Stephen Vincent Benet

(1898 - 1943 / Pennsylvania / United States)

Lonely Burial - Poem by Stephen Vincent Benet

There were not many at that lonely place,
Where two scourged hills met in a little plain.
The wind cried loud in gusts, then low again.
Three pines strained darkly, runners in a race
Unseen by any. Toward the further woods
A dim harsh noise of voices rose and ceased.
-- We were most silent in those solitudes --
Then, sudden as a flame, the black-robed priest,

The clotted earth piled roughly up about
The hacked red oblong of the new-made thing,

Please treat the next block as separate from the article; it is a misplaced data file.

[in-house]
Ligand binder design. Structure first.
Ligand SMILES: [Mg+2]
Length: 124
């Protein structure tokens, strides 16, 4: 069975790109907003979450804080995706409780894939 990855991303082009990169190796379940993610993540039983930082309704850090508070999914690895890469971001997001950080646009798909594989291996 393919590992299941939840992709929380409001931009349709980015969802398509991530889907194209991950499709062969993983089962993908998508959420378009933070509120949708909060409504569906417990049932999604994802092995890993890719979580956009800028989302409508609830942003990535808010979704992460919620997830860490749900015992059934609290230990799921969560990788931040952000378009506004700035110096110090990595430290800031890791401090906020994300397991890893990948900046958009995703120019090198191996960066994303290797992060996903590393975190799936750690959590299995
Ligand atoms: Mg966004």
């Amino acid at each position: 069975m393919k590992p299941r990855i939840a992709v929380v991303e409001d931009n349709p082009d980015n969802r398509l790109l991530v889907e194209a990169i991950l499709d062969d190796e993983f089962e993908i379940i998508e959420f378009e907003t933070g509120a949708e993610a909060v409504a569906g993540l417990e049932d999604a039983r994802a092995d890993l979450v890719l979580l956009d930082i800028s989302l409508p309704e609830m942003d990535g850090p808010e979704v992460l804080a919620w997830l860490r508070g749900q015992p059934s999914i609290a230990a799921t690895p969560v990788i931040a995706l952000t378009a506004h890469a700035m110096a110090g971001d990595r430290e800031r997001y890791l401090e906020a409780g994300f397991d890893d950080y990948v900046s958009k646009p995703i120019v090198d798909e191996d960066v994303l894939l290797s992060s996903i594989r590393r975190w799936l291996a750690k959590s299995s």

Short words in swordlike Latin -- and a rout
Of dreams most impotent, unwearying.
Then, like a blind door shut on a carouse,
The terrible bareness of the soul's last house.


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Read poems about / on: lonely, house, rose, red, wind, dream



Poem Submitted: Friday, January 3, 2003



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